'It's not difficult, Jo who owns a house that goes up in value will be better off than Pete who rents. A 10 year old kid understands that'

Is that why you understand that line of thinking but not the other?

I know someone who sold up and moved to Dunedin recently - they didn't get a lot of change from the sale of their Wellington property so to all intents it was the same market, prices have risen sharply in many cities outside of Auckland too.

Its a bit like birds deciding to shit in their nest - some actually like their children and their welfare so they don't do it. Other's just prefer the $500k in equity they've gained. We can each chose our moral perspective on these issues.

Ah, I see, thanks. So Pete has acquired no asset and has spent 10 years helping someone else build theirs.

Yup - essentially, Jo is now able to borrow Pete's future earnings. Maybe better for Jo, but collectively, they are worse off than they would have been if that money has stayed earnings rather than been priced into an asset where it now has to be borrowed from a bank to be accessed.

Jo is better off for two reasons: if she's freehold, she can borrow up to 800k at a low interest rate. Also, she can (probably within a few months) access a million dollars if she needs/wants to.

But the problem with massive house rises is we are essentially trading one person being able to borrow hundreds of thousands for another person having to borrow that to get an equivalent amenity. No new wealth is really added.

Jo owns a house so she is already better off than Pete. If prices go up, Jo is in the same position unless she decides to become homeless. Jo also worries about how her kids will ever own their own house, and how she cannot afford a larger house which she might need, and the inevitable drop in living standards for everyone over time as income has reduced in value.

There's another option to owning a house or being homeless, it's called renting and that's what Pete is doing, missing out on all the tax free capital gain Jo is getting.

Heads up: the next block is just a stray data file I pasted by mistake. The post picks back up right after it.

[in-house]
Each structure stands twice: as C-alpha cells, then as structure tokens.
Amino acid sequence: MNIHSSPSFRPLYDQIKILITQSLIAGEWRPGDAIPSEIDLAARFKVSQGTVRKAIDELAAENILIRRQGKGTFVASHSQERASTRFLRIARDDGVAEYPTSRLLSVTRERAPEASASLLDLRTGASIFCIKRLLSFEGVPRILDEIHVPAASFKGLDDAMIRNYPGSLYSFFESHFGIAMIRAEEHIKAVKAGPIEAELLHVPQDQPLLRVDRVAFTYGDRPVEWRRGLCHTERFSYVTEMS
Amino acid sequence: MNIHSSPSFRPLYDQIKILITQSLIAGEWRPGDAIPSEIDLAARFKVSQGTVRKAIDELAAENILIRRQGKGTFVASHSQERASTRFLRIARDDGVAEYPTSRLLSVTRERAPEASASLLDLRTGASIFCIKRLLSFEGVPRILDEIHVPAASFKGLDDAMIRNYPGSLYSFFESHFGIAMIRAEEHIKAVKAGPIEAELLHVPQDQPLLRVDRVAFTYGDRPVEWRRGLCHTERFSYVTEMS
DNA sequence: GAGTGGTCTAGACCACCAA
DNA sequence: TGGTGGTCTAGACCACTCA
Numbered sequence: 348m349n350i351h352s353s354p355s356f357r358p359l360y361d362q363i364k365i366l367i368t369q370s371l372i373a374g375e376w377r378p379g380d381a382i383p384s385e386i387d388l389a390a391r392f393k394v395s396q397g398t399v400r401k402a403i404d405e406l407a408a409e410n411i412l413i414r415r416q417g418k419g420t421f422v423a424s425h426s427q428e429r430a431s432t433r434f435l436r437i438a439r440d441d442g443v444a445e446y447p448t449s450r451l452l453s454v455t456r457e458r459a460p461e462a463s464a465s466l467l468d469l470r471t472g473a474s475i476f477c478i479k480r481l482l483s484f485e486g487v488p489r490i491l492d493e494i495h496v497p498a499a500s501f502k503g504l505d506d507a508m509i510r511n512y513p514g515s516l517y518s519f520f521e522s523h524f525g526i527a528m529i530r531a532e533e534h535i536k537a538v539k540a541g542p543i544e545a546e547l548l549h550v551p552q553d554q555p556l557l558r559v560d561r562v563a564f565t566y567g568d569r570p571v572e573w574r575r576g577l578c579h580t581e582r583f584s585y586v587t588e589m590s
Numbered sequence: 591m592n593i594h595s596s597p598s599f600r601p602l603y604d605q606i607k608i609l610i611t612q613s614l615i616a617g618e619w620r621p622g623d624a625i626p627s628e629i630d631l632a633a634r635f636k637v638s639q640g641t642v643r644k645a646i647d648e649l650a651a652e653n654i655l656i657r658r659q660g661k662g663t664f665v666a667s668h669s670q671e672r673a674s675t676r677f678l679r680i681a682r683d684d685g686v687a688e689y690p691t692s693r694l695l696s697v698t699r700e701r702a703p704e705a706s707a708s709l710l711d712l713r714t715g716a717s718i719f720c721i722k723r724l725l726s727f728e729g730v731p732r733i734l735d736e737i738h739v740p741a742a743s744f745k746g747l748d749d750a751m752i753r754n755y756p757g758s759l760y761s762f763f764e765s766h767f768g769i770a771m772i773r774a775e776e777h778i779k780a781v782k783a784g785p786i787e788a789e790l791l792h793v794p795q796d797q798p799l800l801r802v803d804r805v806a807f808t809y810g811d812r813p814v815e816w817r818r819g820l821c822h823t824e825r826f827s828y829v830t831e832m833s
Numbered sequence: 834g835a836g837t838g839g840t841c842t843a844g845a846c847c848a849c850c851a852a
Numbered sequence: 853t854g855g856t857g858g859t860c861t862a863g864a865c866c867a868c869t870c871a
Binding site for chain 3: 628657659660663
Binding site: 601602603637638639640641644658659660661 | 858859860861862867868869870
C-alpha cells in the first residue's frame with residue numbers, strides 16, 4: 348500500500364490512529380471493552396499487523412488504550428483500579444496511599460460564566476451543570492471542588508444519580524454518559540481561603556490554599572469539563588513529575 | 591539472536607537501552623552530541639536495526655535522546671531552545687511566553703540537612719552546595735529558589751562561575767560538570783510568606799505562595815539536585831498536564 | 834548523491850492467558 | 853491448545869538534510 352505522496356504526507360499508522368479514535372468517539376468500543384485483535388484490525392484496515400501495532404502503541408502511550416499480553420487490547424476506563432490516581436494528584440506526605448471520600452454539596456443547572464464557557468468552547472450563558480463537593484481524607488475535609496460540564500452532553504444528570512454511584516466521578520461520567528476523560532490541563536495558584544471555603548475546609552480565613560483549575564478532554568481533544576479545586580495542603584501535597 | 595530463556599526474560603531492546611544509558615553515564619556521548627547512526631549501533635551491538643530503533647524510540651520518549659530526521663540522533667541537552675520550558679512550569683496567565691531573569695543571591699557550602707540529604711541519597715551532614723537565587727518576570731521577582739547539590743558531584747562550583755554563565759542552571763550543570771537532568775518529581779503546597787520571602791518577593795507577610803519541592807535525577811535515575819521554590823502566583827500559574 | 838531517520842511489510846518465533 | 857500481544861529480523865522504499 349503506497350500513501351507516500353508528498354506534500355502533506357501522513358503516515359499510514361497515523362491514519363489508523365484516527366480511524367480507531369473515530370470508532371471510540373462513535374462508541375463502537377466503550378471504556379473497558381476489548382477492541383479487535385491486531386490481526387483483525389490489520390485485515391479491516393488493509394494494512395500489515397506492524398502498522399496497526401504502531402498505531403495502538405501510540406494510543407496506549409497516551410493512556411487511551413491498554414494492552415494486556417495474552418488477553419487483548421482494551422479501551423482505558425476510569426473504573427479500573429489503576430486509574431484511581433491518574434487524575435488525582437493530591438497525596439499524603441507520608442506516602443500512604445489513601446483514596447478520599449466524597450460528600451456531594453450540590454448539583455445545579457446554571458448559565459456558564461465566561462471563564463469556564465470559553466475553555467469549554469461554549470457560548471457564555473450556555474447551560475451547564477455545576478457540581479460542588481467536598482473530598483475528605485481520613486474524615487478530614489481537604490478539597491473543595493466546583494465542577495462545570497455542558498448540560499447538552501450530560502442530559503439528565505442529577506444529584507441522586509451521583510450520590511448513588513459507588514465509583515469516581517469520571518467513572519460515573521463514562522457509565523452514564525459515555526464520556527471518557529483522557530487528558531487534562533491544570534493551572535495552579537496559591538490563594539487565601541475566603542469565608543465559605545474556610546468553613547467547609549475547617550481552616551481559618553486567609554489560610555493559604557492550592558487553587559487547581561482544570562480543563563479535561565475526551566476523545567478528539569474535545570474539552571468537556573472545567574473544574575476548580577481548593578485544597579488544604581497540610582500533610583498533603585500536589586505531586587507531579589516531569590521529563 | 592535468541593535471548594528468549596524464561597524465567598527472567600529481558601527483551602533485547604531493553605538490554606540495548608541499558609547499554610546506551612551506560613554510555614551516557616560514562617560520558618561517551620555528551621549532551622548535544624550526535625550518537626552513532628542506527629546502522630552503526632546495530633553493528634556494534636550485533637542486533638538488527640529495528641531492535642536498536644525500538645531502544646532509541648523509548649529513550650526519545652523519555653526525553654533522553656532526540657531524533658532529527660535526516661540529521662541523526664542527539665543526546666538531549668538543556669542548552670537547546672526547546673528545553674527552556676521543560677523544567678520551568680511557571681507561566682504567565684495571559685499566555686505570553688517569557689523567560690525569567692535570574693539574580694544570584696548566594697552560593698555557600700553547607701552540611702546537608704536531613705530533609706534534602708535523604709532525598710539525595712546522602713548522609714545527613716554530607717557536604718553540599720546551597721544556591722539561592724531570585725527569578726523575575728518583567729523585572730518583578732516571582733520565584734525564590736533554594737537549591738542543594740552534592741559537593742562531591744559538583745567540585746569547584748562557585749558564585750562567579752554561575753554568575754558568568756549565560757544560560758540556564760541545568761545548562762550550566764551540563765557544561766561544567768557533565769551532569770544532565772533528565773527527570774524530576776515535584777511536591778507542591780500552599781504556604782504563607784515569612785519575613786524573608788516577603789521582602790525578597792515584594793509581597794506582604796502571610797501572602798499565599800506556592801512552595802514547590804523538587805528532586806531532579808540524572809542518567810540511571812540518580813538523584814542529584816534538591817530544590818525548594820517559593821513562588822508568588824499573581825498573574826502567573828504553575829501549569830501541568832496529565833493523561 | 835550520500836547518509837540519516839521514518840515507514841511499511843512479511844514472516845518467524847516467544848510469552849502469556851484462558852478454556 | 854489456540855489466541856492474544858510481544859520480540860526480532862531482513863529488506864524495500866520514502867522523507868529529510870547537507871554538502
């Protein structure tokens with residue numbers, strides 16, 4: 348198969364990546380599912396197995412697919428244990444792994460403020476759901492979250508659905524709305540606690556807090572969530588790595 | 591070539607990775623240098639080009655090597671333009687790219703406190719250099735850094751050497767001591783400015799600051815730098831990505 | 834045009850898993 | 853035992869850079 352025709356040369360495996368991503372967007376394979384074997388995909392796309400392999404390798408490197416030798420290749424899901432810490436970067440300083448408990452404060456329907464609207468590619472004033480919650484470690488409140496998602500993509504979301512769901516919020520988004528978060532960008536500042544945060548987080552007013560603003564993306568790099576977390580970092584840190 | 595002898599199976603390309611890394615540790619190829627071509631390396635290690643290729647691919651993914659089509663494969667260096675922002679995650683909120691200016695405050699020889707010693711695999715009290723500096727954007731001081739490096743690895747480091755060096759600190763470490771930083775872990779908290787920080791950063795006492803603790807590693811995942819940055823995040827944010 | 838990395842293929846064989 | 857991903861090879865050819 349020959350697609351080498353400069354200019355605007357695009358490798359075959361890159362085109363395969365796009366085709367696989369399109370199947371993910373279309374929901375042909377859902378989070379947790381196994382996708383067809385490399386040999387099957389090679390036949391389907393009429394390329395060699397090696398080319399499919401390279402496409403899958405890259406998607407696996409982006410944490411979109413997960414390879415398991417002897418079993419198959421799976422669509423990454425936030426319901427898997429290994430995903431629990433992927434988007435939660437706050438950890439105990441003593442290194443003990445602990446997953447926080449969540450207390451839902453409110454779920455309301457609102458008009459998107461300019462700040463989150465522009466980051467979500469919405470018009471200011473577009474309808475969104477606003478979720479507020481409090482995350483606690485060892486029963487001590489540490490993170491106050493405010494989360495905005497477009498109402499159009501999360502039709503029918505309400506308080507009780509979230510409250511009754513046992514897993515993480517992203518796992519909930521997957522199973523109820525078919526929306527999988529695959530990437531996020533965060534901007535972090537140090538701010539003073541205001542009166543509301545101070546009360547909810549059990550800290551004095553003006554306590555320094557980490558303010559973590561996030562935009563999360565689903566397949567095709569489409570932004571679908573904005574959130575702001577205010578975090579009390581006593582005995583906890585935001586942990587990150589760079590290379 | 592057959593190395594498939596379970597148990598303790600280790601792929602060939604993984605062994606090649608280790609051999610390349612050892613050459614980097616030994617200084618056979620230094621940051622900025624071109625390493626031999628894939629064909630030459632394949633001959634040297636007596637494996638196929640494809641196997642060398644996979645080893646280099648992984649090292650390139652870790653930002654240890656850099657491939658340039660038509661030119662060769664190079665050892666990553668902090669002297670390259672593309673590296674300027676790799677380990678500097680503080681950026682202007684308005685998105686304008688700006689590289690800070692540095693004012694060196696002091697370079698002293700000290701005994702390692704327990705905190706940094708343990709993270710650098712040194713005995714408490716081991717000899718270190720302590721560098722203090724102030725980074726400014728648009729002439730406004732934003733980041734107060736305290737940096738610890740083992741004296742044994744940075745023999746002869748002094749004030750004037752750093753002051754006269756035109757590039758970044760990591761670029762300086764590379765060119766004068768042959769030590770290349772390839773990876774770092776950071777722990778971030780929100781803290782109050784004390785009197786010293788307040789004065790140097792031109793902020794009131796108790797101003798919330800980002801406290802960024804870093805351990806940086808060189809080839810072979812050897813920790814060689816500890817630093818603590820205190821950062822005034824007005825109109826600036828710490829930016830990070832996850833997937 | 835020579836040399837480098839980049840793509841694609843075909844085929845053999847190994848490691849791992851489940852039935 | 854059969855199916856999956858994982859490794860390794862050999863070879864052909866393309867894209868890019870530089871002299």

Also Jo does not have to worry about her kids as they will inherit her house when she passes away.

This debate about Jo and Pete is ridiculous haha. There's so many variables to who would be better off. What happens if Pete owns a multimillion dollar company, has a heap of shares and rents on a lavish house paying $2k per week. What if Jo is 60 and works part time, is unable to use any equity because the bank won't give her a loan. She can't sell because she wants to remain living in the same location for family and prices have escalated.

Where's the detail in these examples Yvil? Way too simplistic...

Yvil your true colors are showing again...might be time to remind us of all the charity work (your wife) does.

Yes the true colour of a person who uses simple logic over subjective wishful thinking.
Oh that Yvil guy is so bad because he describes things as they are rather than as people think they should be.
Note I never say that house prices going up are good or bad.

No your comments don’t reveal simple logic, to the contrary. They reveal that you are tone deaf and simply out of touch with the majority. Your query as to why 75% of homeowners want house prices to drop to improve affordability is just another example of a comment of yours that highlights your moral failings.


I guess not all of us are evil and we'd like our children to be able to afford a house one day. And therefore we do want to see prices drop.